In an achievement that promises to help ease global hunger, two papers published Thursday in the journal "Science" describe the genetic blueprints of two varieties of rice. Experts say the development stands to improve a crop that feeds more than half the world's people. It could have other benefits as well.
Rice is the food staple for approximately 67 percent of the world's population. Like many crops, the grain is subject to the whims of nature, including draught, disease, and gnawing insects.
That may change, if not immediately, then in the not-too-distant future, thanks to the work of two independent teams of researchers working on the rice genome.
Genes are the chemical codes in the cells of all living things. Among other things, they determine how well an animal or plant resists disease and what it looks like.
In published papers, a U.S.-Swiss team and a Chinese team of investigators describe how they deciphered most of the genetic instructions for the two most common varieties of rice, the short grain japonica rice favored in Japan and the indica rice subspecies most eaten in China.
"It is just astounding how many novelties we observe and how many unexpected discoveries we make rather easily once this information comes forward, says Jeff Bennetzen, a Professor of genetics at Purdue University in Hammond, Indiana. "The major discoveries that they made ... had to do with the particular genes involved. And [they] discovered that rice has a large number of genes relative to other organisms that have been studied; more genes in fact than are detected in humans."
It appears rice and humans have about two-thirds of their genes in common. The remaining one-third of rice genes is devoted to functions such as photosynthesis.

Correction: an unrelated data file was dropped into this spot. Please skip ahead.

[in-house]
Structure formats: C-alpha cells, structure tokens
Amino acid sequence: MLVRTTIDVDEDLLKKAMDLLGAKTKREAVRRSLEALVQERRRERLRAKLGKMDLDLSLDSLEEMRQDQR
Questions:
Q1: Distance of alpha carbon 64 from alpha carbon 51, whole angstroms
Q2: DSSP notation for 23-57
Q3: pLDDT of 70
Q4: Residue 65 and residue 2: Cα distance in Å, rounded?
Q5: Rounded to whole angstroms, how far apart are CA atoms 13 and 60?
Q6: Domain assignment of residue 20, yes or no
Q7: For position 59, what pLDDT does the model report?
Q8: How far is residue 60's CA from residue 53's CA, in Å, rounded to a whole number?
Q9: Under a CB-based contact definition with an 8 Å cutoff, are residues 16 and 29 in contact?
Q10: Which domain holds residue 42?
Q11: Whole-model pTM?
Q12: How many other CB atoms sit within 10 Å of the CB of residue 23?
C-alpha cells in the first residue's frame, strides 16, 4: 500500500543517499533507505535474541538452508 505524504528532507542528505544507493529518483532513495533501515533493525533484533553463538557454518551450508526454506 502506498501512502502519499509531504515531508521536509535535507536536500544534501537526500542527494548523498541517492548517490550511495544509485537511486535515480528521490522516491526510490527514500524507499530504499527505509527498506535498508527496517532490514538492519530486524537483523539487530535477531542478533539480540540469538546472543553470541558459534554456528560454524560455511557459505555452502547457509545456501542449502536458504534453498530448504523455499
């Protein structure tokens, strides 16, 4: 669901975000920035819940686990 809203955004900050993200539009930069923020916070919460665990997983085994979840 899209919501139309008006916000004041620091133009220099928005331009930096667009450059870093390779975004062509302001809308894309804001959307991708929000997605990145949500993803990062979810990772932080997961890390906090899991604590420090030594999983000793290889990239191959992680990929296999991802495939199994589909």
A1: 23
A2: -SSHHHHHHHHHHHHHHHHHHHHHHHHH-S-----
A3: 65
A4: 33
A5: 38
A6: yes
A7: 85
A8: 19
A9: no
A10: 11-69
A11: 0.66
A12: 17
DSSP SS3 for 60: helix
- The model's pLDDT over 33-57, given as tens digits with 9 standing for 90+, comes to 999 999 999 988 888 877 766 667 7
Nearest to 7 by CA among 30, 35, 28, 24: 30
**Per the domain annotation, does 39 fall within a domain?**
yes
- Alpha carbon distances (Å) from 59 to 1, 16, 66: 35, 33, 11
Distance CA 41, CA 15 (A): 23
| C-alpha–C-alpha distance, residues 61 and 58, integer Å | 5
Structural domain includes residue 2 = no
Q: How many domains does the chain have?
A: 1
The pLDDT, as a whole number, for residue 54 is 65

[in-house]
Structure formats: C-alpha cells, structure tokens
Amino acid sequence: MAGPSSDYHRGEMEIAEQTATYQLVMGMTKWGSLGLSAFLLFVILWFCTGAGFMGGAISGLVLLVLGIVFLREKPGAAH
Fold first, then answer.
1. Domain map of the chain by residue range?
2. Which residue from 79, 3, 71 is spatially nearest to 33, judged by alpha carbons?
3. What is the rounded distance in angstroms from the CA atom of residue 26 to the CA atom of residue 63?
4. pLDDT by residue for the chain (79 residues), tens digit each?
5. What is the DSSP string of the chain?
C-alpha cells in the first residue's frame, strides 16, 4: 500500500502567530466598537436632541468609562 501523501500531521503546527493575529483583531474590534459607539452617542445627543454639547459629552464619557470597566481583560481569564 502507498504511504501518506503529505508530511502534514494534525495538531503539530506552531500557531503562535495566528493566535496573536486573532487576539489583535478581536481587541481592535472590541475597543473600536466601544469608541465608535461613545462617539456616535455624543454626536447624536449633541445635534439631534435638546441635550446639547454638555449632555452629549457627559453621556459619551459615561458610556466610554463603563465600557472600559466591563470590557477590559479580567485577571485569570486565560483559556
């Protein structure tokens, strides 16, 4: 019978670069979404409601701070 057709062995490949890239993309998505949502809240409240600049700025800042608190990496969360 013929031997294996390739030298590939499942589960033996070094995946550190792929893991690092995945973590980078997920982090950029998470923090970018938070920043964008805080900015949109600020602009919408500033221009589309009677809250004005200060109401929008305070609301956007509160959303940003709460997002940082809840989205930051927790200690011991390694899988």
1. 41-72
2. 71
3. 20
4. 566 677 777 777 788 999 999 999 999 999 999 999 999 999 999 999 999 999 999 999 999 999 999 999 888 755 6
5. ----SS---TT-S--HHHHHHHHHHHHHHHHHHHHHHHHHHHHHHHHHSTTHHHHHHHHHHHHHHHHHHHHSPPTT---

The benefits of having the rice genome sequenced include cutting the time it takes to zero-in on hardy rice strains and breeding them with other insect or draught resistant strains of rice. Or it may even be possible to more readily grow rice in places where it is not indigenous, such as Africa.
Another possibility, according to Purdue University's Jeff Bennetzen, is plumbing the rice genome for information for his area of study - corn. "Rice and wheat and barley and corn all have very similar genes... They have only diverged from a common ancestor from 50 to 70-million years," he says.
Rice was chosen for sequencing, as opposed to other cereal grains, because its genome is much smaller than other cereal grain.
Pamela Ronald is a molecular biologist at the University of California who says hardier rice is good for the environment. "There is a problem with applying lots of pesticides and high amounts of hydrogen fertilizer," she says. "So, if we can take the information that we see in the genome and use that to more rapidly develop varieties that will resist disease, for example not having to spray anything, that would be a very big success."
It took less than a year to identify the sequences of the two rice varieties. Scientists must now plot the genes on a map so others can make use of work. That is expected to take a year or more.